It’s a small world; I was in Italy and I ran into Shelly Saltman, and we started to talk about boxing and about our mutual friend Bert Sugar. It turned out that we knew each other many years ago, and he came to a couple of my classes. I’m just passing along an article of his about our friend Bert.
One of the advantages of growing older is that you’ll be able to experience a great many things — good, as well as not so good. Along the way you meet many people. In my case, I have been blessed. I have walked, not only with the great and near great, but I have also had the privilege to rub elbows with many wonderful and legendary characters in my lifetime.
Sunday, I learned that a dear friend and long-time associate has passed on. The headline simply read, “Boxing writer Bert Sugar dies of cardiac arrest.” That is a true statement, but hardly tells what he meant to sports.
Bert Sugar was my friend. The last time I talked to him was approximately three months ago. There was no indication that he was sick, or that he was battling lung cancer. Instead, we talked about all the times we had worked together and what we might do in the future. Obviously, the future never came.
In his lifetime, Bert wrote and had published somewhere between 60 and 80 books. As a man who has only had five published books, I can certainly attest to the difficulty of coming up with something worthwhile to write about. I also understand how meaningful it is to get a publisher to say, “I want to print that.”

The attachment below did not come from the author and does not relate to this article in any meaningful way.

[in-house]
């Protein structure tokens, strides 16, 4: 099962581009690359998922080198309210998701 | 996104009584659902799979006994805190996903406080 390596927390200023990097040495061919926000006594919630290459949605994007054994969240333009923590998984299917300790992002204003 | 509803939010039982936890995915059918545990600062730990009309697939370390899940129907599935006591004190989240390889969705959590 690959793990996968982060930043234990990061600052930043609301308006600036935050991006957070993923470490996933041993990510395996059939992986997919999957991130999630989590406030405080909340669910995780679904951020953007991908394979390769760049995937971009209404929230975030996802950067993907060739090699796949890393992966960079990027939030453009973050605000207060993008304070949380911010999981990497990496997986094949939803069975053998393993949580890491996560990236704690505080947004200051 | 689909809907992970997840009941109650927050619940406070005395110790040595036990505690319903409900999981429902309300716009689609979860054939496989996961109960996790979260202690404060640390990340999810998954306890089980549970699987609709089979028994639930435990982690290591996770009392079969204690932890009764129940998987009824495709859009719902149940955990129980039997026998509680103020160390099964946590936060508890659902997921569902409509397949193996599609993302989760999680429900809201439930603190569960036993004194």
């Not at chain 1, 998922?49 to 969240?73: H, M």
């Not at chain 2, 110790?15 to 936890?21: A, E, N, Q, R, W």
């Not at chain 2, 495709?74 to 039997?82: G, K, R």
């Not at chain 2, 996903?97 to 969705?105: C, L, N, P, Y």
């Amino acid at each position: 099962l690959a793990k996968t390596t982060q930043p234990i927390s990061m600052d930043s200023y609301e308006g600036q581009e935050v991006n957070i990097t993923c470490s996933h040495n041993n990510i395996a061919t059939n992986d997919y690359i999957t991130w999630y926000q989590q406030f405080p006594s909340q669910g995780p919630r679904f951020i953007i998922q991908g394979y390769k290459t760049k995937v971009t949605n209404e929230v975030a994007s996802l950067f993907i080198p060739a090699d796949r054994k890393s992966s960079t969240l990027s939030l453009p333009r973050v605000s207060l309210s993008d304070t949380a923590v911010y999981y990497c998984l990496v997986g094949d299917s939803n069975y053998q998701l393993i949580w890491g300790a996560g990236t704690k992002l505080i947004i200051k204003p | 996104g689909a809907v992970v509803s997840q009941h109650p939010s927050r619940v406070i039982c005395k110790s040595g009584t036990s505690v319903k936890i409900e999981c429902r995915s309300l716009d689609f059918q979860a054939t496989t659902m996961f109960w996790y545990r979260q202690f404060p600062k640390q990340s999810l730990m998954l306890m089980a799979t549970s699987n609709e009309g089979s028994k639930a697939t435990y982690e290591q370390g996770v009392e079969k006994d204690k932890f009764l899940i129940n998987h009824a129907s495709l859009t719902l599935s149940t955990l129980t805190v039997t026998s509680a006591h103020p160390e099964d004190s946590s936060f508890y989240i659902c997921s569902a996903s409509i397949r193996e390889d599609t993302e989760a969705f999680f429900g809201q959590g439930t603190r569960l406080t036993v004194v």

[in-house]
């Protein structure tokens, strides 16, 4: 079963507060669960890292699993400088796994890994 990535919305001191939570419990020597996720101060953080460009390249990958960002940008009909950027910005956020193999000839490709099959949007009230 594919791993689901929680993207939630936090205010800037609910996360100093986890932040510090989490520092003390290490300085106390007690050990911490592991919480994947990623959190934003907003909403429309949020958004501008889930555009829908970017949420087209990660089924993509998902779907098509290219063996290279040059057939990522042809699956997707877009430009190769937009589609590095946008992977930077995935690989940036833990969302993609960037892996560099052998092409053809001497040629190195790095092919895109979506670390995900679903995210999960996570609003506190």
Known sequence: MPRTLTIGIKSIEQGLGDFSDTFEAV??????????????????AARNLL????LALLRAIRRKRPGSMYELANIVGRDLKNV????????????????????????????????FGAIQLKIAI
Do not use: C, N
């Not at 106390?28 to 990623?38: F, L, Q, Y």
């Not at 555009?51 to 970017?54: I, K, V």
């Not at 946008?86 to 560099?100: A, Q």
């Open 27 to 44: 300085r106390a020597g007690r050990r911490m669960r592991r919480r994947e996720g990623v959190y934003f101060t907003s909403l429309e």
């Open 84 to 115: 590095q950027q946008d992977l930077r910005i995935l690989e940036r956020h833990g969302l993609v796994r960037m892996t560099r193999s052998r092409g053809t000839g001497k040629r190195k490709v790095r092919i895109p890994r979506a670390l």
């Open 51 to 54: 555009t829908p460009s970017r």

More impressive was the fact that in this day of modern technology, Bert never owned a computer and shunned the proprietorship of a cell phone. He did all his work either longhand, or on his longtime friend, the typewriter.
My young readers should know that a typewriter is an ancient, now obsolete, non-electronic term for computers. During my early years, computers never existed.
Bert was hailed in the media as a boxing writer and historian, but that was only a small part of his persona. He was a true sports historian versed on every facet you could name, especially when it came to baseball, horses and boxing.
Bert was familiar to everyone in the world of boxing. He was a pleasant caricature with his white fedora perched at a rakish angle on top of his, I think, bald dome. I never knew!
As a joke, I once asked him if he even wore his hat to bed. His answer was, “Only my wife and I know and neither us will ever tell.”
In his career, Bert had a great many “ups” and “downs.” At one point, he was the owner and publisher of the venerable boxing magazine, The Ring (aka Ring Magazine). Unfortunately, this creative genius only wanted to write, so unscrupulous associates wrested control of the publication from him.
During those dark days, many in the fight game considered him a pariah. He would hold court with his typewriter on a table at a favorite sports watering hole in lower Manhattan, Runyons.
In those days, I was traveling between Los Angeles and New York at least once a month. I would have lunch with Bert each time while he continued to bang out column after column and orchestrated his return to Ring Magazine stewardship. He fought a costly court battle and finally won his right to own and publish The Ring (the Bible of Boxing, the maker of the rankings) once again.